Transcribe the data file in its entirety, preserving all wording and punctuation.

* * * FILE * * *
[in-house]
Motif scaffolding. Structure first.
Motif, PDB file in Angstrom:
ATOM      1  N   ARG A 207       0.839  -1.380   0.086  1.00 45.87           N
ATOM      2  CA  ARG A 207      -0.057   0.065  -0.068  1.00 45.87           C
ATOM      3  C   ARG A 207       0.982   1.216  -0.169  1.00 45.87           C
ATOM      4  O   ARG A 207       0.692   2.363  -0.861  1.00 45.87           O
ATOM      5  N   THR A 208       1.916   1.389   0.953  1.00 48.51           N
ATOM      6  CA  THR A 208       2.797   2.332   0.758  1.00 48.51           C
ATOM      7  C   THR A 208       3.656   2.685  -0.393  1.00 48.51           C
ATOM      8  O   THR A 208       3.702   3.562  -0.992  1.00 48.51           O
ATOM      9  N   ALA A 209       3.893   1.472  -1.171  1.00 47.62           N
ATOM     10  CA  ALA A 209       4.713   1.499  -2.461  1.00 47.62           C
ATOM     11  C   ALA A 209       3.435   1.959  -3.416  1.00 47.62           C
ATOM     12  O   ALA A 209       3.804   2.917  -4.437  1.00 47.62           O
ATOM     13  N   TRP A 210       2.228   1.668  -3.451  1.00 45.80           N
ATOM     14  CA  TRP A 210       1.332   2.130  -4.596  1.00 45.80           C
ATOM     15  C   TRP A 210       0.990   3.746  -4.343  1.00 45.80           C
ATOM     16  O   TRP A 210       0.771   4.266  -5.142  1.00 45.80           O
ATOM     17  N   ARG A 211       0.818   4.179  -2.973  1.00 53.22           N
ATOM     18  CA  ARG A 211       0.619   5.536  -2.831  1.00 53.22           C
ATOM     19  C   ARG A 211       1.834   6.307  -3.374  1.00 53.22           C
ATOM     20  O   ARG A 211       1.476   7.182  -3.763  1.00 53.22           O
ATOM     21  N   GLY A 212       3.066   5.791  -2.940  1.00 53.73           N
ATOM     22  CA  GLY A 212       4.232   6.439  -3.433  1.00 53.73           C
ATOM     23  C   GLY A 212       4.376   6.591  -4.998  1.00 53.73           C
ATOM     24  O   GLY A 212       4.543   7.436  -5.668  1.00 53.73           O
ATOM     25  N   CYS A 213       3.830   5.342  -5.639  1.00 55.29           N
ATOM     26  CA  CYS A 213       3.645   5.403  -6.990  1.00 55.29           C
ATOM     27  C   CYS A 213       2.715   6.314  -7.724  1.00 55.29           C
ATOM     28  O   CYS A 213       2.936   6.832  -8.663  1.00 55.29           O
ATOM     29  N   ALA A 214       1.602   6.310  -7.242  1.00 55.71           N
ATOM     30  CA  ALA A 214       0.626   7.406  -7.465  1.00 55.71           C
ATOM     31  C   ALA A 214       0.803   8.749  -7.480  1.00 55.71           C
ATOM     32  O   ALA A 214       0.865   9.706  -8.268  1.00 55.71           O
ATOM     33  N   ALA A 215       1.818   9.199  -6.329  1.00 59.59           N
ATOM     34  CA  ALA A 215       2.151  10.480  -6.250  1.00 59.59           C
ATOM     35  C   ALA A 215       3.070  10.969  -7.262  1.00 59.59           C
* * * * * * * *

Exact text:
[in-house]
Motif scaffolding. Structure first.
Motif, PDB file in Angstrom:
ATOM      1  N   ARG A 207       0.839  -1.380   0.086  1.00 45.87           N
ATOM      2  CA  ARG A 207      -0.057   0.065  -0.068  1.00 45.87           C
ATOM      3  C   ARG A 207       0.982   1.216  -0.169  1.00 45.87           C
ATOM      4  O   ARG A 207       0.692   2.363  -0.861  1.00 45.87           O
ATOM      5  N   THR A 208       1.916   1.389   0.953  1.00 48.51           N
ATOM      6  CA  THR A 208       2.797   2.332   0.758  1.00 48.51           C
ATOM      7  C   THR A 208       3.656   2.685  -0.393  1.00 48.51           C
ATOM      8  O   THR A 208       3.702   3.562  -0.992  1.00 48.51           O
ATOM      9  N   ALA A 209       3.893   1.472  -1.171  1.00 47.62           N
ATOM     10  CA  ALA A 209       4.713   1.499  -2.461  1.00 47.62           C
ATOM     11  C   ALA A 209       3.435   1.959  -3.416  1.00 47.62           C
ATOM     12  O   ALA A 209       3.804   2.917  -4.437  1.00 47.62           O
ATOM     13  N   TRP A 210       2.228   1.668  -3.451  1.00 45.80           N
ATOM     14  CA  TRP A 210       1.332   2.130  -4.596  1.00 45.80           C
ATOM     15  C   TRP A 210       0.990   3.746  -4.343  1.00 45.80           C
ATOM     16  O   TRP A 210       0.771   4.266  -5.142  1.00 45.80           O
ATOM     17  N   ARG A 211       0.818   4.179  -2.973  1.00 53.22           N
ATOM     18  CA  ARG A 211       0.619   5.536  -2.831  1.00 53.22           C
ATOM     19  C   ARG A 211       1.834   6.307  -3.374  1.00 53.22           C
ATOM     20  O   ARG A 211       1.476   7.182  -3.763  1.00 53.22           O
ATOM     21  N   GLY A 212       3.066   5.791  -2.940  1.00 53.73           N
ATOM     22  CA  GLY A 212       4.232   6.439  -3.433  1.00 53.73           C
ATOM     23  C   GLY A 212       4.376   6.591  -4.998  1.00 53.73           C
ATOM     24  O   GLY A 212       4.543   7.436  -5.668  1.00 53.73           O
ATOM     25  N   CYS A 213       3.830   5.342  -5.639  1.00 55.29           N
ATOM     26  CA  CYS A 213       3.645   5.403  -6.990  1.00 55.29           C
ATOM     27  C   CYS A 213       2.715   6.314  -7.724  1.00 55.29           C
ATOM     28  O   CYS A 213       2.936   6.832  -8.663  1.00 55.29           O
ATOM     29  N   ALA A 214       1.602   6.310  -7.242  1.00 55.71           N
ATOM     30  CA  ALA A 214       0.626   7.406  -7.465  1.00 55.71           C
ATOM     31  C   ALA A 214       0.803   8.749  -7.480  1.00 55.71           C
ATOM     32  O   ALA A 214       0.865   9.706  -8.268  1.00 55.71           O
ATOM     33  N   ALA A 215       1.818   9.199  -6.329  1.00 59.59           N
ATOM     34  CA  ALA A 215       2.151  10.480  -6.250  1.00 59.59           C
ATOM     35  C   ALA A 215       3.070  10.969  -7.262  1.00 59.59           C